The Northern Neck of Virginia constitutes one of the state’s five wine growing regions, and last weekend, we decided to revisit the wineries of the Northern Neck. Our trek included visits to Belle Mount, Athena, and Ingleside. Of these three wineries, Athena is the newest; Ingleside, the oldest and most established. Of course, we brought along our Virginia Passports and garnered three more stickers, and in the process we sampled great wines and met wonderful people who all have a passion for wine.
We first stopped at Belle Mount. Belle Mount now enjoys its second year of business, and an interesting note is its location at a recreation facility called Heritage Park Resort. For those interested in a weekend getaway, the Resort rents cottages, and the setting is woodsy and scenic. Guests can go fishing, hiking, and swimming; they can also accompany the day’s catch with a bottle of Belle Mount’s wine. We visited the tasting room located in the lower level of their Great Hall and sampled Belle Mount’s Chardonnay, Cabernet Franc, Merlot, and a sweeter red selection, Workboat Red. As always, we brought lunch along with us, and we concluded that the Merlot was the best choice to accompany our deli sandwiches, olive salad and hard cheeses. We settled on a picnic table beneath one of Belle Mount’s large trees and enjoyed our lunch and Merlot. Before we left, we chatted with Ray and Catherine Petrie, Belle Mount’s owners and winemakers. They were very excited about consumer response to their wines, but they did express concern about the distribution law that will take effect on July 1. Belle Mount produces 1000 cases of wine; thus, they would be considered a very small winery. We encourage consumers to visit Belle Mount and support the efforts made by the smaller wineries as they face this difficult transition.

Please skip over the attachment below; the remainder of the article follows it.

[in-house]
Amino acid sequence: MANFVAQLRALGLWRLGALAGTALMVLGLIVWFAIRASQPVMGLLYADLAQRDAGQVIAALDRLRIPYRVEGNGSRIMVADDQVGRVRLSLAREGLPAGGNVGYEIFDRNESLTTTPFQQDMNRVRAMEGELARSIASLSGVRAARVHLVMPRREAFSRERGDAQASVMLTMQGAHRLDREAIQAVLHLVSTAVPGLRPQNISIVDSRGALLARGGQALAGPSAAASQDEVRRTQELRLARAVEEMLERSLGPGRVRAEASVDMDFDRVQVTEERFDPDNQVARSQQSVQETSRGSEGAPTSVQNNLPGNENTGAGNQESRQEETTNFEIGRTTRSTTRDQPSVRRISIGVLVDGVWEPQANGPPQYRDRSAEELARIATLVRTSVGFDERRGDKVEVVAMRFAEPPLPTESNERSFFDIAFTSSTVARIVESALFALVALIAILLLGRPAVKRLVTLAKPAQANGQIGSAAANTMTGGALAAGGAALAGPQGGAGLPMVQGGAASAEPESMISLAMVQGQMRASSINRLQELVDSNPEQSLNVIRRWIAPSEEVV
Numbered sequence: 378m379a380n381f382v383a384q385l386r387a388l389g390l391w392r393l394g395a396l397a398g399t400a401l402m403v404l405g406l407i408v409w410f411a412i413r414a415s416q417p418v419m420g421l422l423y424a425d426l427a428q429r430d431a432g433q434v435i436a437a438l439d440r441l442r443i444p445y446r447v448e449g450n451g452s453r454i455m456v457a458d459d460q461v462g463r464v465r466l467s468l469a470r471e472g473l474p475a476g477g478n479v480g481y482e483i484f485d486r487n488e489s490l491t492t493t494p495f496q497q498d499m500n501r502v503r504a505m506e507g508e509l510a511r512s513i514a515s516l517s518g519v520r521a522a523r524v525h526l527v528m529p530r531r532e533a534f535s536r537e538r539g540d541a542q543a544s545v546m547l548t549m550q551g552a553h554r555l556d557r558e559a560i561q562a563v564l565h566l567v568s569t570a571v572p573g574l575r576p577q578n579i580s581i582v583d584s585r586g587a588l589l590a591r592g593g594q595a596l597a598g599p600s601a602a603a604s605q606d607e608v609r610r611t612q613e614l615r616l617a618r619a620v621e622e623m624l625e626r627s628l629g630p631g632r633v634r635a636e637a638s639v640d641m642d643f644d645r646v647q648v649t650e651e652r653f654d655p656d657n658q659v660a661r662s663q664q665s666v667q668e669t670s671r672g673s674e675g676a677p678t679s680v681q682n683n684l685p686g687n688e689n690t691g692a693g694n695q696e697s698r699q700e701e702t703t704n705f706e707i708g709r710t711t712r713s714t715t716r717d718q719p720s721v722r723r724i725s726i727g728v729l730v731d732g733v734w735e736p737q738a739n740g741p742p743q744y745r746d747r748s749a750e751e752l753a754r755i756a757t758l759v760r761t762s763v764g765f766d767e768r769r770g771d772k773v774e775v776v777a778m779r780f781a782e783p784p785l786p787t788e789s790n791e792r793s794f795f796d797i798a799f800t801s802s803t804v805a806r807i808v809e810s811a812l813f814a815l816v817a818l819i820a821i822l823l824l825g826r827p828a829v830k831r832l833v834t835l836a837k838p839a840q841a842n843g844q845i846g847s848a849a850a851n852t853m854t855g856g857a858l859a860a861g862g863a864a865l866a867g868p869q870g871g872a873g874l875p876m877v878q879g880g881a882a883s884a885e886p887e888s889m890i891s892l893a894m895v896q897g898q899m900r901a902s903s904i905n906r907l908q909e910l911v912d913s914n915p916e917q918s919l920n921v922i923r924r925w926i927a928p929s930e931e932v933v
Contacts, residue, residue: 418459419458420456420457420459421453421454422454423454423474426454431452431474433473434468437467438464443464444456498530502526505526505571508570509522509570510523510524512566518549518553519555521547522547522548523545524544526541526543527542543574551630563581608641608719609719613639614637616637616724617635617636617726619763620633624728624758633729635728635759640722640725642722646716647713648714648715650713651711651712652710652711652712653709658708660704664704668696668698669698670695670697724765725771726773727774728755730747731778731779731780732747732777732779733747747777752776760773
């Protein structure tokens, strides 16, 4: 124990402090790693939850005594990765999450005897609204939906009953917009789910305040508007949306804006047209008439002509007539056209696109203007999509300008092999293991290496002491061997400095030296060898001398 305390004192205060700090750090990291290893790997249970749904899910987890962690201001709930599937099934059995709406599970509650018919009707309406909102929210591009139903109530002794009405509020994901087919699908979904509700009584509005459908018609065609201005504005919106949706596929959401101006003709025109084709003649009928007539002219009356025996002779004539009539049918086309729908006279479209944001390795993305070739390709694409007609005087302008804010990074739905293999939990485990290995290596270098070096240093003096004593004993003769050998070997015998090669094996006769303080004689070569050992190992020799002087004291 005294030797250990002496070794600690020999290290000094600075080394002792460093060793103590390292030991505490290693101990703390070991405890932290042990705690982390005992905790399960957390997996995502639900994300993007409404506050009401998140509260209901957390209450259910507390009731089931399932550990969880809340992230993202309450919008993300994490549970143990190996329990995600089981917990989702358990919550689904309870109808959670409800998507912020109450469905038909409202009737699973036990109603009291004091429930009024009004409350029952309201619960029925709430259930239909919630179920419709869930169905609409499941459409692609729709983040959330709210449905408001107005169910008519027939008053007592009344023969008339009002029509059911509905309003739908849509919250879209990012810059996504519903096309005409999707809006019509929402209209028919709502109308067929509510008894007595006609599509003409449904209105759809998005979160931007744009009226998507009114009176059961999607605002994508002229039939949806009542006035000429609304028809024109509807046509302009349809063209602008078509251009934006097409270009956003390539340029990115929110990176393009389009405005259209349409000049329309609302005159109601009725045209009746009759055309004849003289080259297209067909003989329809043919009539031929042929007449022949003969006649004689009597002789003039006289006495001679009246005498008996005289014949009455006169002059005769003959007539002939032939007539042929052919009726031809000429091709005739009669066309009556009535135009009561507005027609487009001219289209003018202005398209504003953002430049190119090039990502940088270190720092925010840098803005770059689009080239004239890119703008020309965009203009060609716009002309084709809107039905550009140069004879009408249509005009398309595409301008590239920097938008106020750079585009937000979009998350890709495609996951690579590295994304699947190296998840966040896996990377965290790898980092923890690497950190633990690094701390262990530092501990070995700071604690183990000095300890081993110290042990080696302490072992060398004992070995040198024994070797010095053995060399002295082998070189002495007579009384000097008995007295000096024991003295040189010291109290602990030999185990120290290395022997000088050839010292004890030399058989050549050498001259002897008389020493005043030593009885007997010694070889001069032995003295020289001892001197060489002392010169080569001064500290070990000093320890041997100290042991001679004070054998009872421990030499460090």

Our second stop on the Northern Neck Trail was the new Athena Winery. Athena opened on Memorial Day weekend, and their tasting room was two week away from completion on the day that we visited for a tasting. Carol and Ruth, two of Athena’s three owners, shared with us their unique story. They and a third friend decided to own a winery; all three are involved in the health industry and were inspired by health industry reports that moderate wine consumption can offer health benefits. The three friends purchased 53 acres of land in the Northern Neck with the intent of planting vines and fourteen acres are now planted. Ruth and Carol cleared land and planted vines themselves; a visit from Hurricane Isabel presented early challenges that they overcame with patience and determination. We can testify that the hard work paid off and was evident in the quality of their wines. Beneath the tent that was Athena’s makeshift tasting room, we sampled their Chardonnay, a Seyval and Vidal Blanc blend known as Athena White, Cabernet Franc, Cabnernet Sauvignon, the rose-styled Nightengale, and the dessert wine, Athena Sweet. Paul decided to enjoy a glass of the Athena White; Warren settled on the Cabernet Franc, and we sat under an umbrella to appreciate these lovely wines. The Athena White can be described as lush with generous citrus and pear aromas and flavors. Refreshing was the word that came to mind. The Cabernet Franc was equally enjoyable, and it exhibited nice raspberry flavors with hints of herb/mint that are trademarks of the Cabernet Franc. Warren purchased a bottle of the Athena White and thought the Nightengale would be perfect for an upcoming Wolftrap outing; a bottle of Nightengale was thus added to his wine rack! Carol and Ruth shared with us that they selected “Athena” because it evoked the image of a strong female; we can attest to the strength of the three females who founded Athena. We know that we will be writing about the medals bestowed upon Athena’s quality wines, and we look forward to a return visit very soon!